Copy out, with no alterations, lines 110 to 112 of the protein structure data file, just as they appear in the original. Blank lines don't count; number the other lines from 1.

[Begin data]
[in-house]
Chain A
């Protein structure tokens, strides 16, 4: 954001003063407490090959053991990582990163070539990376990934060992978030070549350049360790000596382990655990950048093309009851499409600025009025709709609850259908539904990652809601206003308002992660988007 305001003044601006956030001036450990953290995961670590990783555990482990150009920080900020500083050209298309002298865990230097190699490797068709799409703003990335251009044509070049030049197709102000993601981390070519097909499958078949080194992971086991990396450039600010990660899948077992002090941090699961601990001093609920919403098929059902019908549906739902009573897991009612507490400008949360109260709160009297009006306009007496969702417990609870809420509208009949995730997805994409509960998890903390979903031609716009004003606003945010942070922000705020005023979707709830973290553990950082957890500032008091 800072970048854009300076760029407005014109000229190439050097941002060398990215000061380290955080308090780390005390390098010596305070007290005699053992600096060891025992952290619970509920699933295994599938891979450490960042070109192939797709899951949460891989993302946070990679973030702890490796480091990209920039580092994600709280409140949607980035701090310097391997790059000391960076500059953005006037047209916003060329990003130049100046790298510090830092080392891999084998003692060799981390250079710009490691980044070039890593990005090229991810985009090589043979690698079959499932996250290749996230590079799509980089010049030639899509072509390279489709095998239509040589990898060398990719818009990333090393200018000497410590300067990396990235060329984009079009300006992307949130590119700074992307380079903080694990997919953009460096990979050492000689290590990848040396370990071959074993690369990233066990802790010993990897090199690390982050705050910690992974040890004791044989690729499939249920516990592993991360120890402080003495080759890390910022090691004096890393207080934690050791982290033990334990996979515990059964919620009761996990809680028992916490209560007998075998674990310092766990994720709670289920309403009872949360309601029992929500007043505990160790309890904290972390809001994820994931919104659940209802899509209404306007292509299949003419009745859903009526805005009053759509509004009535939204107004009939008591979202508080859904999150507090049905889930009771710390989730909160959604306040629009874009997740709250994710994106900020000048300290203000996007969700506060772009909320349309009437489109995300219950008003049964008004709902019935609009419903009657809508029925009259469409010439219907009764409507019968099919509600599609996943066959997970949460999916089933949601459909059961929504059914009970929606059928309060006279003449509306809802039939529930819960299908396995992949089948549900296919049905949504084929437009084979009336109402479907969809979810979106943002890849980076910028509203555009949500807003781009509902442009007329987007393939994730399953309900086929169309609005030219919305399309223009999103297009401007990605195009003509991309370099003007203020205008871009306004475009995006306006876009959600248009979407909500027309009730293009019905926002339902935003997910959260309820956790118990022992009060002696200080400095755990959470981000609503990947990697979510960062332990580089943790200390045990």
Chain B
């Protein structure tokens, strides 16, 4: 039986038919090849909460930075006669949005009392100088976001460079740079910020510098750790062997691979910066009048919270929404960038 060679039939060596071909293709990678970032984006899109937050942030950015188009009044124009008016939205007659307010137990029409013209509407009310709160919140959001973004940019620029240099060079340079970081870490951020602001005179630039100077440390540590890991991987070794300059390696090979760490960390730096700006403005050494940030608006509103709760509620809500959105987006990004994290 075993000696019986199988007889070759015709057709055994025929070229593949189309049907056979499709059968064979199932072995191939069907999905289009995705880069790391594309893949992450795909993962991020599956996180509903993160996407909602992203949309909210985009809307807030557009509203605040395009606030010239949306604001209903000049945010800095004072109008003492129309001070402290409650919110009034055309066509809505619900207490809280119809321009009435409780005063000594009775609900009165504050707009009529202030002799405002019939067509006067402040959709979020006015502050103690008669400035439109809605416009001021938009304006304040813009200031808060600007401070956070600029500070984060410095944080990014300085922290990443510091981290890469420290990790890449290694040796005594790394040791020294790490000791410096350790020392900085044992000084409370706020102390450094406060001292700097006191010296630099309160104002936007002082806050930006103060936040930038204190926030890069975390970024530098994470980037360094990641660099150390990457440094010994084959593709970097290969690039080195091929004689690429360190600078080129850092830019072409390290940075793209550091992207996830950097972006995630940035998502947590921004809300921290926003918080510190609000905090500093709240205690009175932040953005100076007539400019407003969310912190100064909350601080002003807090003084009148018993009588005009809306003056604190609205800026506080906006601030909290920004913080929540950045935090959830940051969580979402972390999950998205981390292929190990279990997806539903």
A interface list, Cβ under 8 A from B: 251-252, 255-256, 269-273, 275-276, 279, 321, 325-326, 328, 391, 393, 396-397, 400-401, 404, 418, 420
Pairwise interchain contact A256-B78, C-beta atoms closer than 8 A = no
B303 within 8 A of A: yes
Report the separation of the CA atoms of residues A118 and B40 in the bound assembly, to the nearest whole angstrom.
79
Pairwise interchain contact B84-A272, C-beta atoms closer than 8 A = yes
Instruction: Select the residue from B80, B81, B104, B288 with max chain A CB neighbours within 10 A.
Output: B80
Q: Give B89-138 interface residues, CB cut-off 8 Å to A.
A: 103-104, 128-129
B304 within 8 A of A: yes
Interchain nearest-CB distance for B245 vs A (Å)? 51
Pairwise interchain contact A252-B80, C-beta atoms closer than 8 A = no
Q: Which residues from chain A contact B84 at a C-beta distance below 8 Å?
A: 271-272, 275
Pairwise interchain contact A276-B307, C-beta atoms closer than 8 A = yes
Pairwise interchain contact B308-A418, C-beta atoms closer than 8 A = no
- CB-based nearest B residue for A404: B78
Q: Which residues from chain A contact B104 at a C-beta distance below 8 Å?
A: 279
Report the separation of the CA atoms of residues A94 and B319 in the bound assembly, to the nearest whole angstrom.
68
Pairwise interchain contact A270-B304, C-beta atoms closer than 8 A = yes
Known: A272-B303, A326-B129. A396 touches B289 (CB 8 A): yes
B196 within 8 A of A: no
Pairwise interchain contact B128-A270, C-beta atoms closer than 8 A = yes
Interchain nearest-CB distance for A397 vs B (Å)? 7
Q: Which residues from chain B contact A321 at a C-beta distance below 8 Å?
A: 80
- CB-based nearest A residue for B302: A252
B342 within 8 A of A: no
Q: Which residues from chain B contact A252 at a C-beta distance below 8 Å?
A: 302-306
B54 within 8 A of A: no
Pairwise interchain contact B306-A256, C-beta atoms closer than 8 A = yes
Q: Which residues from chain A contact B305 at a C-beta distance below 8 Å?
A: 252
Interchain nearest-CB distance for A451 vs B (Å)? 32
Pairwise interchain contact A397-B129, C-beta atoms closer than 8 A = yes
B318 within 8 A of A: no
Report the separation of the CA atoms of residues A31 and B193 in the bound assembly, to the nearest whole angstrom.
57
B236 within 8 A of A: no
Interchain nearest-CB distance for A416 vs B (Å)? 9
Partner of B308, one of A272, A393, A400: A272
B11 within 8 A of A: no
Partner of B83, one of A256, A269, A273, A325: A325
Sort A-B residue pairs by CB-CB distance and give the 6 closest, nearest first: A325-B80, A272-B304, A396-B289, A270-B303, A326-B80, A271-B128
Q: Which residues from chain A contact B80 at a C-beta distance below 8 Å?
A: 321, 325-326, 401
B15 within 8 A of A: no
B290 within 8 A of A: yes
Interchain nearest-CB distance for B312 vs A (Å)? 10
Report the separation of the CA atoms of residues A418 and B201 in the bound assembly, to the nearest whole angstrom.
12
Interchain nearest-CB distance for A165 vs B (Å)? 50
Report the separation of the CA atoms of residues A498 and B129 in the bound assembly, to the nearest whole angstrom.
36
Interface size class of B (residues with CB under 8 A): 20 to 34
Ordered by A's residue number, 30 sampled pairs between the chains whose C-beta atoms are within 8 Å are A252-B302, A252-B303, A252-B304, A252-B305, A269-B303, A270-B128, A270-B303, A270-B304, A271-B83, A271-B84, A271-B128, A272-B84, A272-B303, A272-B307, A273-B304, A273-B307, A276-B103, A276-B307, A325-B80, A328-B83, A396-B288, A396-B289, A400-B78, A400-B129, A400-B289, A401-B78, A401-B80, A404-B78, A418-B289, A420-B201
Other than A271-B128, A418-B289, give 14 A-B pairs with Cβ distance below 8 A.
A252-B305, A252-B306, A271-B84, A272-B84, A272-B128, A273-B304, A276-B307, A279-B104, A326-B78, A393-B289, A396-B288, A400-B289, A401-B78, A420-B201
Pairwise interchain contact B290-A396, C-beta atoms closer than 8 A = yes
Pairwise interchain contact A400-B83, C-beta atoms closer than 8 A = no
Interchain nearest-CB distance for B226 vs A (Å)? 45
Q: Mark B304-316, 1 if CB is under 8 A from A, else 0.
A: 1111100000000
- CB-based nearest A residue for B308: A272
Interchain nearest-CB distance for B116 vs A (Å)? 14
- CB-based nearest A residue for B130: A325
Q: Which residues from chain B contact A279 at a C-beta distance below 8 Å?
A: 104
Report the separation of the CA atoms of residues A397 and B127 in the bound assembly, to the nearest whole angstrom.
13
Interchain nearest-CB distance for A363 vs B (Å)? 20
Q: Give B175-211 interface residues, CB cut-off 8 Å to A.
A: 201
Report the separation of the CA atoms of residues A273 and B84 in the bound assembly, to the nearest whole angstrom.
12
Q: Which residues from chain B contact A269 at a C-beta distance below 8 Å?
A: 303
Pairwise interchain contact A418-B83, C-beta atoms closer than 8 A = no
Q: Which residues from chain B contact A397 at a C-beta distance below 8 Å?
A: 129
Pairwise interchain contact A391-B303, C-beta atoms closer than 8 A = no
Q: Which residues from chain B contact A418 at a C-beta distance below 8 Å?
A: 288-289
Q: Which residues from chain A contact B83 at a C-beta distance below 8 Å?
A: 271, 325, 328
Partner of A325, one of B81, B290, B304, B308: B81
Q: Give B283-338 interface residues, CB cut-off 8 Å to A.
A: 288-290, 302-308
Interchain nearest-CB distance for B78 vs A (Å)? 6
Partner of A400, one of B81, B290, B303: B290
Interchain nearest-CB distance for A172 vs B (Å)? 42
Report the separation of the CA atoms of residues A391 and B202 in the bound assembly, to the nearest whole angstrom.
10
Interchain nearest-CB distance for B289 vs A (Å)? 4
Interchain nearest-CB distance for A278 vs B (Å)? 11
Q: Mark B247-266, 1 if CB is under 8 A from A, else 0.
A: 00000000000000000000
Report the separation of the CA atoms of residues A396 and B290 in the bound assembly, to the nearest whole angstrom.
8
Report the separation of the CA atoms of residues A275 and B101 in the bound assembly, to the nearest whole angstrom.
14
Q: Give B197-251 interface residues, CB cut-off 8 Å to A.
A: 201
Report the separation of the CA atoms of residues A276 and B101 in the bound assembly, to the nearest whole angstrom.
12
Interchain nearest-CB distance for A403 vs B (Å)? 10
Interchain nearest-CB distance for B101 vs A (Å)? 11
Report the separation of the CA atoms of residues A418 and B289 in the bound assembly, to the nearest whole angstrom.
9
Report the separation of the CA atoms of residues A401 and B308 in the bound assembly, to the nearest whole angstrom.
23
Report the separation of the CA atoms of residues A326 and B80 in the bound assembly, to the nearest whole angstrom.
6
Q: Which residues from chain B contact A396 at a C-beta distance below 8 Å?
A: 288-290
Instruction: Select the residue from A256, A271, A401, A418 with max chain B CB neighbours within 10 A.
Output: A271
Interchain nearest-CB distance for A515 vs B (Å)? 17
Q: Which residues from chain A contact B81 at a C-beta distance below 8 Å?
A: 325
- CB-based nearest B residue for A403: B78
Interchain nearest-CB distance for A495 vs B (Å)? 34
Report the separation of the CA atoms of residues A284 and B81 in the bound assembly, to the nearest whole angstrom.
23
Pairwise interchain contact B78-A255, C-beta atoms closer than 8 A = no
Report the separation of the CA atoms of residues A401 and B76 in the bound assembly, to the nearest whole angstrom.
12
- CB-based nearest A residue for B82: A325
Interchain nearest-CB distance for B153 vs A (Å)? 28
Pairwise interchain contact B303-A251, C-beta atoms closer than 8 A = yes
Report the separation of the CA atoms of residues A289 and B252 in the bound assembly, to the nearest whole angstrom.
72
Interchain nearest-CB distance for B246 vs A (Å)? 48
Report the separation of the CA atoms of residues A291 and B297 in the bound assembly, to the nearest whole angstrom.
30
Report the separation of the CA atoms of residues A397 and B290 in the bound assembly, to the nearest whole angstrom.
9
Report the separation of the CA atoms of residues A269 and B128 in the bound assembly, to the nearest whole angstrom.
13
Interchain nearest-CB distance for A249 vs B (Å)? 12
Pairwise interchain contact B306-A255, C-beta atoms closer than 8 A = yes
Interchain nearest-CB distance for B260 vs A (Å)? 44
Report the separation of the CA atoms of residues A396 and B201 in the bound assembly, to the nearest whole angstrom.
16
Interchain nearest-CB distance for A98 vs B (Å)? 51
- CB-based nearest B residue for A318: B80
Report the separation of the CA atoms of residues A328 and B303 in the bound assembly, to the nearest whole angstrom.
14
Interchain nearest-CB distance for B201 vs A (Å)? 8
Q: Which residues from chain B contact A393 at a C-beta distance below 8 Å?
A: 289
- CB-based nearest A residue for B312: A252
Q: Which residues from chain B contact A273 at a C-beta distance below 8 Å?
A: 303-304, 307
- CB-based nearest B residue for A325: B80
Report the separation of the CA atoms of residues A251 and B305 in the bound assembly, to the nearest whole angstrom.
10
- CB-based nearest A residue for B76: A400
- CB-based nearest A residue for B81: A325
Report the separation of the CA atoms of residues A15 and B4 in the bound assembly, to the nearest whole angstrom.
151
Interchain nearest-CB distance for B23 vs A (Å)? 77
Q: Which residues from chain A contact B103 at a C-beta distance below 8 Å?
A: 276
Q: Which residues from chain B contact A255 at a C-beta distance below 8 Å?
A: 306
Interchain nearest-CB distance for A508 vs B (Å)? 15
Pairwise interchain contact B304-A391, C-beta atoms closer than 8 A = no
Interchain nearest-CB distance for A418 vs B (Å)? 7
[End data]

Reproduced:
14
Q: Give B197-251 interface residues, CB cut-off 8 Å to A.
A: 201